Lidia Heller, often in charge of training sessions that Vital Voices offers, proposes forging relationships between mentors and mentees, and she introduces the gender perspective. According to her, the process requires the participants to agree on the mentoring goals and to create a bond of trust. This will help unlock the creative potential for strategic decision-making and also help acquire new skills for analysis, negotiation and initiative. This would also help expand the communication and contact networks. 

Lidia also wonders (and asks us): What does it mean to speak of a gender perspective in relationships? 

The answer is that it involves making visible (or at least taking into account) that gender-based systems are sets of practices, symbols, representations, rules and social values that societies create based on sexual differences. Social gender relationships are power relationships and, within the social division of labor, they work as the main engine of inequality. 

Achieving gender equality in the workplace and in career development should not be considered just a “women’s issue”. It should be a concern for society as a whole.

When we think about women in the workforce, some of the metaphors used to explain gender phenomena become apparent, such as, for example, the glass ceiling1 the sticky floor2. In addition, there are tensions between work and personal life. We are missing flexible and supporting policies to reconcile family and professional life, and there are also stereotypes about professional development, standards for success and unequal assessment of activities. We lack female role models, female mentors and opportunities for networking. There is an explicit and subtle discrimination that reveals mental models about the roles of women. It is advisable to take the time to learn and reflect on these issues and also form an opinion to guide our attitudes.  

  • Glass ceiling: It is an invisible barrier, difficult to penetrate, which describes a particular time in a woman’s professional career. Instead of going up thanks to her qualifications and experience, she is stuck in a job, trade or sector. The term was originally coined in the 1980s, in a report on female executives published in The Wall Street Journal, and it has extended to all kinds of occupations. It is not a legal obstacle. It is widespread prejudice about women in positions of responsibility, about salary and about giving them similar categories for the same functions believing they will accept less. It also encompasses subtle patriarchal practices of the business world, such as the type of meetings being held, male corporatism or cronyism.
  • Sticky floor: It refers to the tasks of caring and leading a family life that traditionally have been allocated to women. Coming out of this “natural space” (which according to patriarchy belongs to women) is an obstacle for their professional development or for access to training that would allow them to enter the labor force. This concept is related to the “balance” between work at home and outside the home.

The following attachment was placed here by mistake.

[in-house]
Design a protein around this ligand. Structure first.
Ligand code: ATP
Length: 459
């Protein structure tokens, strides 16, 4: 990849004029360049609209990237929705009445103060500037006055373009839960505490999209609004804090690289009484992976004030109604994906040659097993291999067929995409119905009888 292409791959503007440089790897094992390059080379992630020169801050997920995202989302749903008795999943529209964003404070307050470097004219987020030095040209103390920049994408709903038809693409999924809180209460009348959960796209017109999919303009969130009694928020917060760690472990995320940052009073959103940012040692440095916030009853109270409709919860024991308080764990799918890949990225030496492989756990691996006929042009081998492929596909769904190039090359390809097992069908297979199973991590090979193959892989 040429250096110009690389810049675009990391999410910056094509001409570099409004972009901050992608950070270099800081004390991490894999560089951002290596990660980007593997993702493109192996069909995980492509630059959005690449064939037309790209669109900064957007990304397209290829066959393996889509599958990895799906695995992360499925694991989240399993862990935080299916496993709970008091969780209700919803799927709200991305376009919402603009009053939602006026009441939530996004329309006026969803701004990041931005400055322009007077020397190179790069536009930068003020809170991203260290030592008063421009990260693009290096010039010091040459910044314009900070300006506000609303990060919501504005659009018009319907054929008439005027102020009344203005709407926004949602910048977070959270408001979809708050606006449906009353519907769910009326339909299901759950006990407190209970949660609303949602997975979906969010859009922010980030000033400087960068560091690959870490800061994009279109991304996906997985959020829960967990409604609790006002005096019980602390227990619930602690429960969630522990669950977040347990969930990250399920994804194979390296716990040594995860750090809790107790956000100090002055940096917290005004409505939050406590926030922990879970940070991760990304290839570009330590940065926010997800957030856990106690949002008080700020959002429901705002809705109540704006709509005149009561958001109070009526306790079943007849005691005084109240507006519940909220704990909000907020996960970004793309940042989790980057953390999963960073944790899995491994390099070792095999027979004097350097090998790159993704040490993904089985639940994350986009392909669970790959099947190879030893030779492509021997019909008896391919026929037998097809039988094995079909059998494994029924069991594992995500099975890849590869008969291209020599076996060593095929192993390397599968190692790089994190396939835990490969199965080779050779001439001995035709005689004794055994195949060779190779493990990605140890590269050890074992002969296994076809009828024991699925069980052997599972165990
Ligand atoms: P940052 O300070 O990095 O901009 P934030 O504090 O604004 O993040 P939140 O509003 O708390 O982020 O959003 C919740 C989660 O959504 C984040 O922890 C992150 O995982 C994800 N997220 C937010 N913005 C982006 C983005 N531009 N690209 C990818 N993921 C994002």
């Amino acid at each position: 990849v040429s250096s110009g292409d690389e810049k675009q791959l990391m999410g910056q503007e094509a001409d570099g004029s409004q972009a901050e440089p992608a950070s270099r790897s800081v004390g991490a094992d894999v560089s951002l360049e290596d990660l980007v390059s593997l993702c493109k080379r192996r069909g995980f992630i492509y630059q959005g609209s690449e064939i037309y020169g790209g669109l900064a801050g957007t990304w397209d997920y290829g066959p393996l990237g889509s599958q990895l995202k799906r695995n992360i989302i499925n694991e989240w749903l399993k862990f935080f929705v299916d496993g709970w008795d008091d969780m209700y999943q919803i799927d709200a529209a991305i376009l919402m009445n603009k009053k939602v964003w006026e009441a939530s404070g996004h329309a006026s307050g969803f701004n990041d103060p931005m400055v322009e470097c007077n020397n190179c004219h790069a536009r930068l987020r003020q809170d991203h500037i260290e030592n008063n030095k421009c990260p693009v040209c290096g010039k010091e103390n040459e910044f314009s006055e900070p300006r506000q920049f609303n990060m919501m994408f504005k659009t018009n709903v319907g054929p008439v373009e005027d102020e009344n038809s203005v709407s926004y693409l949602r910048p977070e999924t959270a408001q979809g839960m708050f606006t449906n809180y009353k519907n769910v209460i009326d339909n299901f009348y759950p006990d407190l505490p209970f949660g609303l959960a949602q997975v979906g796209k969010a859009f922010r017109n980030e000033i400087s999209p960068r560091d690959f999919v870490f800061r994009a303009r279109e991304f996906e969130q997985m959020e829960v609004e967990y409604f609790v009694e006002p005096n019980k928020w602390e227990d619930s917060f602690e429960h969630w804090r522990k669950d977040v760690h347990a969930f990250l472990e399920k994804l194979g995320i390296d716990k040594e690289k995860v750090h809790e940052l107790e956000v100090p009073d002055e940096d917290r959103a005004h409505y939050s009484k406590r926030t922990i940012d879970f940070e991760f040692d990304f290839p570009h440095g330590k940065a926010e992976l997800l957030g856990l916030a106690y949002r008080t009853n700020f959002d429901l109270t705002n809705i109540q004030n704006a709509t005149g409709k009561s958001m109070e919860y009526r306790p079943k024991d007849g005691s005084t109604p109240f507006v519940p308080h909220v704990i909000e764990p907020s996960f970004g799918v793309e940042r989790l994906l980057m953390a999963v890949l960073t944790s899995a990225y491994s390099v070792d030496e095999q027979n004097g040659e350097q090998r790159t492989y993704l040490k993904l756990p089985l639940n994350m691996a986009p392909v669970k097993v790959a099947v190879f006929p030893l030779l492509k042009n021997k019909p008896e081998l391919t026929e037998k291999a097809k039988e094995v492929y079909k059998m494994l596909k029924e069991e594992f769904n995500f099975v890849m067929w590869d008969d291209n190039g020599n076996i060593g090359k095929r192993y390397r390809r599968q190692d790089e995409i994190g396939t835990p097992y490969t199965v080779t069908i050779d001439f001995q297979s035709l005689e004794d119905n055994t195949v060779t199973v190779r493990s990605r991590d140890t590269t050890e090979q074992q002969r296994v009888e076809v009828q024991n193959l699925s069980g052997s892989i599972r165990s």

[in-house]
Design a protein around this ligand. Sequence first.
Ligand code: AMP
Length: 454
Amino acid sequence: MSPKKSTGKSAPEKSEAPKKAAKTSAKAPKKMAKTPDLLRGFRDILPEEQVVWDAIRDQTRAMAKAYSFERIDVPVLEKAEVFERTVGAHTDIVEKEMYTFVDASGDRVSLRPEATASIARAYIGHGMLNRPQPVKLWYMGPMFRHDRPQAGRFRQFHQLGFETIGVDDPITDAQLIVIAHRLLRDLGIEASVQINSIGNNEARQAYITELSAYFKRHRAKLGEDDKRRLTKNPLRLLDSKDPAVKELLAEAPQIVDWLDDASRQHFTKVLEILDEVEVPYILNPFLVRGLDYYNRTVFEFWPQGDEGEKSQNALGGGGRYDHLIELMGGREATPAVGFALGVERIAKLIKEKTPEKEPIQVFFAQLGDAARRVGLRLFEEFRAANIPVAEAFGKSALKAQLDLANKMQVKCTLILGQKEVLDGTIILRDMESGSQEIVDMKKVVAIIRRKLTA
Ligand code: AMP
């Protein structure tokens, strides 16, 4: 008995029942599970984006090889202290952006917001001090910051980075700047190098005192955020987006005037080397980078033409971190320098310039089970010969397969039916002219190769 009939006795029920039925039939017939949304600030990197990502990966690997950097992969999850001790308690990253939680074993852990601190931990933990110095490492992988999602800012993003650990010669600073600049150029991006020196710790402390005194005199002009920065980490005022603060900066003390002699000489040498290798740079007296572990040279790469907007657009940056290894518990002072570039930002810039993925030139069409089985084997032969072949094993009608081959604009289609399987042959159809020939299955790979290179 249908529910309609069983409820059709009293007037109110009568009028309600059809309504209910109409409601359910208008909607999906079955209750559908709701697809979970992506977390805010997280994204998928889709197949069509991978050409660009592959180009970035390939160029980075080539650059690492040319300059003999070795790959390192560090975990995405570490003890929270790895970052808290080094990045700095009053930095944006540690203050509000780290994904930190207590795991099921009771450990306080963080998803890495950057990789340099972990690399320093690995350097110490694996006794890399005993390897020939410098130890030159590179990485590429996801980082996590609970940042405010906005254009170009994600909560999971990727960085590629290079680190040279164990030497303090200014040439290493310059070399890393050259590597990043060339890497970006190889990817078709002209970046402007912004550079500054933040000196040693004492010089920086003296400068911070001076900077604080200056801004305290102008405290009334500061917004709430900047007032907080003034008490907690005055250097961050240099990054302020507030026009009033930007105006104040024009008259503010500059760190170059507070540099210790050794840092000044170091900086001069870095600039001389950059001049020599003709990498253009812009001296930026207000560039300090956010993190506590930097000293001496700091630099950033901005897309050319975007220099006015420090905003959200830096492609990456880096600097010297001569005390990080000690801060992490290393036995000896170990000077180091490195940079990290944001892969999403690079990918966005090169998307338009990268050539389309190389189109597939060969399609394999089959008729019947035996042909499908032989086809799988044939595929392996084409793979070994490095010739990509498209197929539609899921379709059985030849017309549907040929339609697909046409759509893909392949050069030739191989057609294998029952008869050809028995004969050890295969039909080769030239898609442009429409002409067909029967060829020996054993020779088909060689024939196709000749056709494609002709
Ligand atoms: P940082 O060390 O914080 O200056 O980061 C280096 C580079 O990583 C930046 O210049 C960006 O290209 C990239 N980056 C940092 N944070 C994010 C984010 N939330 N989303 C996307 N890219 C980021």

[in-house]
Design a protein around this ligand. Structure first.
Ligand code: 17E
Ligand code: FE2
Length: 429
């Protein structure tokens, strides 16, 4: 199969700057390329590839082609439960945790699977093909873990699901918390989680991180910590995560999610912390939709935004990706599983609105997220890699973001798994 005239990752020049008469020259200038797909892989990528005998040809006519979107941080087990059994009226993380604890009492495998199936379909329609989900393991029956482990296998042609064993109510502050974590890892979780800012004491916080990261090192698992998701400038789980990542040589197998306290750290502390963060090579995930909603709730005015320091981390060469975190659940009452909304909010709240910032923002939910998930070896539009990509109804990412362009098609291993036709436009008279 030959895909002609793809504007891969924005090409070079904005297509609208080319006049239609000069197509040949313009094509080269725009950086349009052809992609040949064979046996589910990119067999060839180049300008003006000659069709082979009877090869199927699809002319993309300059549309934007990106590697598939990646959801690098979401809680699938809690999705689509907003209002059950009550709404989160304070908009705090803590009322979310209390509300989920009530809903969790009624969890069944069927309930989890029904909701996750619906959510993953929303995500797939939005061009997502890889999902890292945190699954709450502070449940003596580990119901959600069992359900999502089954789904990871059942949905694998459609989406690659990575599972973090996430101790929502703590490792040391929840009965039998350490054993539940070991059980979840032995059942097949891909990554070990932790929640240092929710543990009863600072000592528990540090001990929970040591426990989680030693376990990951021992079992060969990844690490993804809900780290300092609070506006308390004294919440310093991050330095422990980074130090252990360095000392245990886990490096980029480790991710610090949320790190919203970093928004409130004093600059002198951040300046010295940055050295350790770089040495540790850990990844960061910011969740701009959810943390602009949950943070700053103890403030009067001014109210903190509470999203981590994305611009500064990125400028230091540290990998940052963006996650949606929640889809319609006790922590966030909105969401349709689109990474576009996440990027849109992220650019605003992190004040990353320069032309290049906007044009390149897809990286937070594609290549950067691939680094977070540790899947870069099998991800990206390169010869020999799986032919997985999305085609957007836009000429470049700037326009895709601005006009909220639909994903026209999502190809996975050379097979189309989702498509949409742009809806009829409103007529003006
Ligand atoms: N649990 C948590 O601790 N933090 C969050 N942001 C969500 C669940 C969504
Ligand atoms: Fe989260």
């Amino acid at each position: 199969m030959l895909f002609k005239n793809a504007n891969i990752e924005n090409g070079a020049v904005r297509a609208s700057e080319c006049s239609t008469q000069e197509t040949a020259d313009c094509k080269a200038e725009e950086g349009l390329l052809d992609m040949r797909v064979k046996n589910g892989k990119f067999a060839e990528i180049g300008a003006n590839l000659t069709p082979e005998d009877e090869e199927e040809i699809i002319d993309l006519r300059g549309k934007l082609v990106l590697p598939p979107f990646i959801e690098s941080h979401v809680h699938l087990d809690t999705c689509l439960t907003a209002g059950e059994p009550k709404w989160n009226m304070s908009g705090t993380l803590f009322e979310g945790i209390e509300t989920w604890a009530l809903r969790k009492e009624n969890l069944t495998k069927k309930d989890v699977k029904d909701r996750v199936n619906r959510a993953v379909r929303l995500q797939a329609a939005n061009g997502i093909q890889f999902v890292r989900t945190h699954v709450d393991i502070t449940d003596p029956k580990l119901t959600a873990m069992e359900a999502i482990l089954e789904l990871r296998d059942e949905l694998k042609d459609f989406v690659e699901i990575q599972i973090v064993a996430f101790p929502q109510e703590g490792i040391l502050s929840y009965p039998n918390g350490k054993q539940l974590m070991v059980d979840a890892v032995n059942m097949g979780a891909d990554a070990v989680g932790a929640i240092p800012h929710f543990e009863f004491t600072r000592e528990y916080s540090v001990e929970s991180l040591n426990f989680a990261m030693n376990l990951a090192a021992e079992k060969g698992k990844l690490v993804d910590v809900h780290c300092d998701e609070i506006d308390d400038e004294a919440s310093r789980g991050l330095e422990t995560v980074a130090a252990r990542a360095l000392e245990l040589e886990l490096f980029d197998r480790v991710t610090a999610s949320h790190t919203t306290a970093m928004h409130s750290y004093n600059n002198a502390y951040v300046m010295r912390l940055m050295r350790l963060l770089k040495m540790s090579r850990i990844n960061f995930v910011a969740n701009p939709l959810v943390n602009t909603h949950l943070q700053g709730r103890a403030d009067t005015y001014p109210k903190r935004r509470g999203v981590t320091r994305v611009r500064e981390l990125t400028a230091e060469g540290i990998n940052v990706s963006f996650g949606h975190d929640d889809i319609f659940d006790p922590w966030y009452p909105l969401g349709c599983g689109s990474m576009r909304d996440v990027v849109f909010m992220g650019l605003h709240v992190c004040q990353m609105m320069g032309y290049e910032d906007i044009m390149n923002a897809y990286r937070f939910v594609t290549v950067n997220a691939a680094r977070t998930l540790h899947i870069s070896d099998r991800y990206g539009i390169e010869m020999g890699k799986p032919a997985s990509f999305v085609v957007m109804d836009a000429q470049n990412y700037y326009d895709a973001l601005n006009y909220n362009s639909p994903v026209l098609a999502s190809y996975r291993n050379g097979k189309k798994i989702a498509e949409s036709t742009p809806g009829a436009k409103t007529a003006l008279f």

Exchanging these ideas with a mentor can provide an opportunity for mentor and mentee to incorporate the gender perspective in their future professional steps. 

Mentoring is the most simple and powerful tool to speed up the development of female leadership. You just need the commitment to invest time, which is the most valuable gift a person can give. 

I firmly believe that mentoring develops leadership, and that practicing it adds enormous value to the entire society. 

Mentoring is a very hands-on experience, especially as conceived by Vital Voices. It creates a relationship of learning and trust between a successful and experienced person and someone who is eager to succeed in their professional and personal journey. Through conversation, work together and shadowing, the apprentices are motivated to discover certain skills and resources. If you are an apprentice, your mentor should inspire you to show these talents and guide you to take the next crucial step towards growth.

Mentoring is an exchange. It is a reciprocal relationship of give and take, in which the mentor enjoys sharing his or her most important learnings, and this, in turn, helps the mentee to grow and step out of the comfort zone

It is true also that mentoring significantly improves both leadership per se and career growth. It gives the mentee the opportunity to appreciate things that could not be seen before, from a greater perspective and with a panoramic, objective and reliable vision. Mentoring gives the mentee the chance to release her full potential as a person, regardless of the organization or startup she works at. It is also worth noting that mentoring provides an opportunity to enter a circle of relationships that is completely new and was previously not part of her network. 

Throughout history, men have mentored new generations of boys and men. These relationships have been extremely effective. It was time that women spent time in practicing this too. For women around the world, today, mentoring is a new and increasingly used method to explore and exploit.

I believe that mentoring has the potential to transform society. The mentoring relationships transcend time, space and industries. They enable a powerful and deep exchange of knowledge, ideas and information, and they generate different perspectives. Mentoring allows us to systematically uncover and strengthen female talent and use it for the common good, helping economies and society as a whole to grow.